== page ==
Hey guys, if you’ve got a question, it’s very likely you’ll find the answer here whether it’s about nutrition or cooking advice, or wanting to work with me. Thanks for getting in touch! Nadia x
EVENTS AND SPEECHES
If you are interested in having me at your event please send a message here and we’ll get in touch with you.
I don’t offer personal or group cooking lessons, however if you want to learn how to cook delicious, nutritious food, I suggest you check out My Food Bag! My step-by-step recipes, delivered with all the ingredients, have taught thousands of people of all ages and skills to cook! It’s like having me in your kitchen cooking by your side every night ???? And check out the Nude Food Channel and My Food Bag YouTube channels for more cooking tips and guidance too.
I’ll be honest…I’m not the best person to cater for your event as I don’t specialise in cooking for large groups! I’m much better off spending my time in my kitchen at home creating recipes for my cookbooks and My Food Bag for you to try at home!
I wish I could offer a prize to every charity that is doing amazing things. Due to the volume of requests I receive for donations I can’t promise that I can contribute to all of them unfortunately, however you can enquire here for us to consider your request. A lot of my charity efforts go towards the Cambodia Charitable Trust that supports children’s education in poverty-stricken Cambodia (find out more here).
If you would like a recipe for your fundraising cookbook, send us a message here.
NUTRITION AND RECIPES
Thanks for asking! Take a few minutes to check out what my food and nutrition philosophy is here.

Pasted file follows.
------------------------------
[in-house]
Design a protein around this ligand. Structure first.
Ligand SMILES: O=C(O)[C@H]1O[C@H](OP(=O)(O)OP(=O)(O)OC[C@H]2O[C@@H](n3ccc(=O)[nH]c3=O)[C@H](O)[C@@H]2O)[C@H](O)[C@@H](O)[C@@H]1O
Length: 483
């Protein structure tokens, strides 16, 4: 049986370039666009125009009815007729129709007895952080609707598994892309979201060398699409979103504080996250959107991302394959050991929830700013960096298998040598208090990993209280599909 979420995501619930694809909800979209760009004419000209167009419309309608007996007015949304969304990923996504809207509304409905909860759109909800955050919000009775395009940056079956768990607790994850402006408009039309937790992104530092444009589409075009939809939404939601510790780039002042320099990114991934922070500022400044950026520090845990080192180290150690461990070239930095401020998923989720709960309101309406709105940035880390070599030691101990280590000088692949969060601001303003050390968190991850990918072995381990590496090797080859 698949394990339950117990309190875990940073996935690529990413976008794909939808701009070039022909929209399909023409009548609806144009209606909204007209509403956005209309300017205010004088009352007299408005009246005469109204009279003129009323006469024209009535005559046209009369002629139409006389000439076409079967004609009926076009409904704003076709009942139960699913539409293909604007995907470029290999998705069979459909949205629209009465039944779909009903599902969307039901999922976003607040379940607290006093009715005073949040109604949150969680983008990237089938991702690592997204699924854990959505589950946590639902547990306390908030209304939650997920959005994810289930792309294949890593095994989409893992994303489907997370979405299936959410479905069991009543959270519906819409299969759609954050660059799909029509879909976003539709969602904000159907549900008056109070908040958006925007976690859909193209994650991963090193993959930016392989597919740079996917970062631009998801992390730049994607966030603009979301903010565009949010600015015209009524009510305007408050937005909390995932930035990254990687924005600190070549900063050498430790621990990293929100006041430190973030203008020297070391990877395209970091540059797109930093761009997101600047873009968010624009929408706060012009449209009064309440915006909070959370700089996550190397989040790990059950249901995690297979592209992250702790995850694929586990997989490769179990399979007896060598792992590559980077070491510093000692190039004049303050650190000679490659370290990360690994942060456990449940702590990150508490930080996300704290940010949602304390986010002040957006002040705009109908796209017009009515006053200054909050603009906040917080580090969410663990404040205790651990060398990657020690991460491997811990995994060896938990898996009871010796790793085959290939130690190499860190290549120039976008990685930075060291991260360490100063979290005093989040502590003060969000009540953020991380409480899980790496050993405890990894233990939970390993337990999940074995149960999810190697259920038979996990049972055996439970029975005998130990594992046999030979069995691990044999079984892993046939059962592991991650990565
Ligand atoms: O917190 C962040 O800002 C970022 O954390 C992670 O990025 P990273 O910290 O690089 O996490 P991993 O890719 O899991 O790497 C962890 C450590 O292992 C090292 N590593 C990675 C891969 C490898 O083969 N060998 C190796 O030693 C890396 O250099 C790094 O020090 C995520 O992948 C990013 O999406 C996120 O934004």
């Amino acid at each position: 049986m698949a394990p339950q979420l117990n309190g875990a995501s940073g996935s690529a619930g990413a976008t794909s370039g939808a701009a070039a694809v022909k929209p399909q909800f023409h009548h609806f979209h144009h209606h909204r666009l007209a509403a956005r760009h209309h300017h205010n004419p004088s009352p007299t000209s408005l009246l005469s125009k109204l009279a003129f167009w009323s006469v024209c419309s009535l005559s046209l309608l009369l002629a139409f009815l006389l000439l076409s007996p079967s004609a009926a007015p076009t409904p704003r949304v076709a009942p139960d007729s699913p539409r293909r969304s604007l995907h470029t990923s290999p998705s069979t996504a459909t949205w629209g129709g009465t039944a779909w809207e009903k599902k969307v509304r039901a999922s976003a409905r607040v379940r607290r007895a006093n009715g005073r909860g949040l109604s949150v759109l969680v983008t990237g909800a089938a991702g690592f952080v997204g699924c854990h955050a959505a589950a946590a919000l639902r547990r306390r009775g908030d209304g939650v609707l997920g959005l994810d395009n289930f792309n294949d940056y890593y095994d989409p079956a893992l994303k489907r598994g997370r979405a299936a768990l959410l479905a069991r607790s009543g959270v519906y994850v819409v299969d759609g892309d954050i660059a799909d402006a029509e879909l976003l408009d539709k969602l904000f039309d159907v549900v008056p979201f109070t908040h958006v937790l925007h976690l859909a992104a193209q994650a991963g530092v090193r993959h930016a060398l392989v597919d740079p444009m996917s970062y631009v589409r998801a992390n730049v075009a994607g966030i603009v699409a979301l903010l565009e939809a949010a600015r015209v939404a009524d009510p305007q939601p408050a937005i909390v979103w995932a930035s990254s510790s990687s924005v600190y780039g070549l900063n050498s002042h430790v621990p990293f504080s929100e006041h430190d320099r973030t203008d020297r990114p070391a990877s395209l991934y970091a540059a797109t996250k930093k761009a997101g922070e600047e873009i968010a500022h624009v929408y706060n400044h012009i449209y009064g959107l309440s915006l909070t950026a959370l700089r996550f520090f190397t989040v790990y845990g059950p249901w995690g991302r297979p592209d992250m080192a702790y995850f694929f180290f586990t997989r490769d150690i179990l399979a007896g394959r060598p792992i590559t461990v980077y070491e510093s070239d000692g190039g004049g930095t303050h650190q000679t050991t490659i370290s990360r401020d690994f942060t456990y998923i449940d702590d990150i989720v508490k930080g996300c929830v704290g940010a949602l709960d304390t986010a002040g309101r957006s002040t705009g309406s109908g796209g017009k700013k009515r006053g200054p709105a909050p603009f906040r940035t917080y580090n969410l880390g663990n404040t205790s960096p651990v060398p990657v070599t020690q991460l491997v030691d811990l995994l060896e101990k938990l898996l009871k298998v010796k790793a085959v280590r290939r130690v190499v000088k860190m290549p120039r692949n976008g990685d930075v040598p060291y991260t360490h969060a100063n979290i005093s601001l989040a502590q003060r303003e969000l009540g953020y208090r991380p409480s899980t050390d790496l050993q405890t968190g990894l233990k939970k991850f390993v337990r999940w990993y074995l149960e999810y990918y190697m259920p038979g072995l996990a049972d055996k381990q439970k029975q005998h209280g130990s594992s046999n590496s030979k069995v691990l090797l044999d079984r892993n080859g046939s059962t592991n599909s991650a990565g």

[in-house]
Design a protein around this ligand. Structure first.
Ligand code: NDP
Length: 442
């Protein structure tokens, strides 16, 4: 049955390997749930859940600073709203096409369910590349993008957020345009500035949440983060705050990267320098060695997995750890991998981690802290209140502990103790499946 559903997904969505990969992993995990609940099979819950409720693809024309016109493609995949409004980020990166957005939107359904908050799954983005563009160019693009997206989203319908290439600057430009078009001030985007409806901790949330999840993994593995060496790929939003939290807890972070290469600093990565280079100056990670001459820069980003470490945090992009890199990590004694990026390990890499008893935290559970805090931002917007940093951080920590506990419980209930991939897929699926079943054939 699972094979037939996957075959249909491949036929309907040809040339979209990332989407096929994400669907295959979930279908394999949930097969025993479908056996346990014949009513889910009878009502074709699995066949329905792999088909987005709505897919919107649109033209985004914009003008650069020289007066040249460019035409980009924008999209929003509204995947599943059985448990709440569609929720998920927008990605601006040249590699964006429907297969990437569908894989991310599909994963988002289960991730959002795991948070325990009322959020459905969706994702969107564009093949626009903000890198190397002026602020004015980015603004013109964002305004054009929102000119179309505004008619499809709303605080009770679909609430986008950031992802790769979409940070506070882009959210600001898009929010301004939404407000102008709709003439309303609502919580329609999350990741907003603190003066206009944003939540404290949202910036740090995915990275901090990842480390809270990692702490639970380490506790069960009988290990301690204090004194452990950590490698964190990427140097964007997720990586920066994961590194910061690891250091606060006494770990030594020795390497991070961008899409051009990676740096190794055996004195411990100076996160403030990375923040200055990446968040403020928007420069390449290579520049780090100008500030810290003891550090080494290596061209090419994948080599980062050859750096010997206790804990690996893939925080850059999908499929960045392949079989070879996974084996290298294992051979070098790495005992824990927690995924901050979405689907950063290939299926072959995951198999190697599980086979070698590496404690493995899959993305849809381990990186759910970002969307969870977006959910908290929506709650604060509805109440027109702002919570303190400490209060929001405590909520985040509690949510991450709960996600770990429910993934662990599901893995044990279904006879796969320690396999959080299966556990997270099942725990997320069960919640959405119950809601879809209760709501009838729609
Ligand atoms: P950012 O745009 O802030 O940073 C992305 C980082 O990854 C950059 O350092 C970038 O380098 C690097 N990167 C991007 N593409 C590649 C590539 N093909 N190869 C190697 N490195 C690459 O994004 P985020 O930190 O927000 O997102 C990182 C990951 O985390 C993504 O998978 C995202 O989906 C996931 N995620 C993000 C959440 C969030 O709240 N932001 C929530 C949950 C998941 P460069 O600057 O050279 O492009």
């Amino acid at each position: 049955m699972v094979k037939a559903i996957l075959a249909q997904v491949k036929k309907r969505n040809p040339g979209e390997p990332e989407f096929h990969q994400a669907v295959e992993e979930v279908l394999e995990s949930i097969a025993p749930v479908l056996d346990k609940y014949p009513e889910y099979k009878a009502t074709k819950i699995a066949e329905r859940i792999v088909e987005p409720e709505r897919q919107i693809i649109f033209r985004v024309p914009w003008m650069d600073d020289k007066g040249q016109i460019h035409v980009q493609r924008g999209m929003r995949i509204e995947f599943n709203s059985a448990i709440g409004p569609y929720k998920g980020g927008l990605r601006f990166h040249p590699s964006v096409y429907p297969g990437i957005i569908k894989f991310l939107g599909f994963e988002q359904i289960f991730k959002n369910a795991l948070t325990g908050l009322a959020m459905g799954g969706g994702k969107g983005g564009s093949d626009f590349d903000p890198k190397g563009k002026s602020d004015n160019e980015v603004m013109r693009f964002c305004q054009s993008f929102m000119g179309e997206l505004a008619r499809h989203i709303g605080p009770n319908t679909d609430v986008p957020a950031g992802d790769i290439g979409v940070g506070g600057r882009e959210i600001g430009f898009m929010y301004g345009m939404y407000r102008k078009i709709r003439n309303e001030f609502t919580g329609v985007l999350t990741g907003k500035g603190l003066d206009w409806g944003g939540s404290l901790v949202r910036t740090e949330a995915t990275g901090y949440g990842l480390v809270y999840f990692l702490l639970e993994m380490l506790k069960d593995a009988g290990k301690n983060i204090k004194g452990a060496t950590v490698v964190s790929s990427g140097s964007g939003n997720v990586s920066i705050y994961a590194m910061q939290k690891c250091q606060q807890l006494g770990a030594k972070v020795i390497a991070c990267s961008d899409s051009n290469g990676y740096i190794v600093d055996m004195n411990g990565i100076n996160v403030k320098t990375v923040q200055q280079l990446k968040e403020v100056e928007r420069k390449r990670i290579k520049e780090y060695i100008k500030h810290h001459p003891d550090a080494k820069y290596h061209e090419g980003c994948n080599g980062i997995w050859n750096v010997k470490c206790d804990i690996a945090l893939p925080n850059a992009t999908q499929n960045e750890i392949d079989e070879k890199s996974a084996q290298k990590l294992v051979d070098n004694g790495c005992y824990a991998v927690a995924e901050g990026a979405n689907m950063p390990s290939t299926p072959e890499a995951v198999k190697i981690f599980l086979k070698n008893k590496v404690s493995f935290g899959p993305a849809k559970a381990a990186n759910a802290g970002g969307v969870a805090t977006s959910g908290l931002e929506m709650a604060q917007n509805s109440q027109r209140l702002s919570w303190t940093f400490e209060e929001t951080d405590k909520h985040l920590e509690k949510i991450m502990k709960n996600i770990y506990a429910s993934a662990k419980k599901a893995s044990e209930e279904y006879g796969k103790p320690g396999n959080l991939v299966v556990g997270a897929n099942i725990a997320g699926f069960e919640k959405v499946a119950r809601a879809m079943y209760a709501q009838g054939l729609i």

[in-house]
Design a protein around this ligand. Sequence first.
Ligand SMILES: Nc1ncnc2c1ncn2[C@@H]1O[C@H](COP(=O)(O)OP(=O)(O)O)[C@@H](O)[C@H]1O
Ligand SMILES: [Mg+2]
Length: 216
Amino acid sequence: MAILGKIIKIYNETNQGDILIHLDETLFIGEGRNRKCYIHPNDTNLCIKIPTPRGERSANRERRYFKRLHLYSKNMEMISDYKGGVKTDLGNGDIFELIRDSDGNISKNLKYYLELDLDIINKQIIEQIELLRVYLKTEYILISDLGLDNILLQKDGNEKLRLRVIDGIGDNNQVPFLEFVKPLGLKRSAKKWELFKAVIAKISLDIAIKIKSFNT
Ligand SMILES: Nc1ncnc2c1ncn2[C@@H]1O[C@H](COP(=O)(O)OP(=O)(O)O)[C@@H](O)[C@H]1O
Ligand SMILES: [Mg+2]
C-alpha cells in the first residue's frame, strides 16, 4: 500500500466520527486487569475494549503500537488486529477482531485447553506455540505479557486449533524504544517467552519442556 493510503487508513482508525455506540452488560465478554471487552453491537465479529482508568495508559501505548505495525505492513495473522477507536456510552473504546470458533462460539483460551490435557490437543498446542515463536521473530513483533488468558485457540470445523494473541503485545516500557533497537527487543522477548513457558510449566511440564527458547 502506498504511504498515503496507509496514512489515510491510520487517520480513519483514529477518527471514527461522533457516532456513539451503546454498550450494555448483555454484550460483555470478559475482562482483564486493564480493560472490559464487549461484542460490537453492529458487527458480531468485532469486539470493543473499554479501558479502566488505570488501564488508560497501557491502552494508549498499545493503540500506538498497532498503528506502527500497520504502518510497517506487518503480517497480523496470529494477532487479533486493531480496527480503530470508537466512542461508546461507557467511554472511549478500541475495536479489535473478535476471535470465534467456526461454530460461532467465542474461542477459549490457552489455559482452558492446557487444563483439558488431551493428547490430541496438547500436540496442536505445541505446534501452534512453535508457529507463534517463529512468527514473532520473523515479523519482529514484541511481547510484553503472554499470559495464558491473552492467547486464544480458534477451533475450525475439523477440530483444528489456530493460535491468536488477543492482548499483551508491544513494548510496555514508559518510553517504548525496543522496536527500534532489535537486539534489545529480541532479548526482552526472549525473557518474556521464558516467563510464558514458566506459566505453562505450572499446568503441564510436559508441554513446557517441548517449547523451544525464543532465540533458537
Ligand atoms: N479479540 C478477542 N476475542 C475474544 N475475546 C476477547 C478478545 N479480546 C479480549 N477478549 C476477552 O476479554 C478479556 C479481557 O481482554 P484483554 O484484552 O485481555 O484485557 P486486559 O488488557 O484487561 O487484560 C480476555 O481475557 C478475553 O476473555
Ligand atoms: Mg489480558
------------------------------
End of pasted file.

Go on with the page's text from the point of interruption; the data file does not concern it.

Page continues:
The nutrition analysis of my recipes is calculated using a theoretical nutrition data programme. Nutrition per serve is calculated by taking the average e.g. if a recipe serves 4-5, it is based on 4.5 serves.
Yes, I sure do and you can find them here. I worked as a diabetes dietitian for a few years, so have lots of diabetes-friendly recipes. The criteria I base these on is:
- The recipe uses low GI (glycaemic index) ingredients
- Has <45g carbohydrate per serve (of which less than 15g is sugar)
- Less than 20g fat per serve
- Less than 5g saturated fat per serve.
However if a recipe is very close to meeting this criteria and is still a very healthy meal with lots of vegetables (and therefore vitamins and minerals) in it, I will still consider it to be diabetes-friendly because of things like the extra fibre in the recipe which can help stabilize blood glucose levels.
Yes, there are lots of gluten-free recipes here. These recipes are either completely gluten-free or can be modified easily to be gluten-free (the recipe will tell you how to do so).
Yes, there are lots of dairy-free recipes here. These recipes are either completely dairy-free or can be modified easily to be dairy-free (the recipe will tell you how to do so).
Yes, I love vegetarian recipes and eat vegetarian meals a few times a week myself. You can find lots of vegetarian recipes here.
You should check out my cookbook Fresh Start here! It’s a book I created in response to the myriad of people asking me this question! It contains recipes that fit into a few levels of diet plans to lose weight, and even three different exercise plans created by my good friend and super-awesome personal trainer Michael McCormack from ReDefinedU.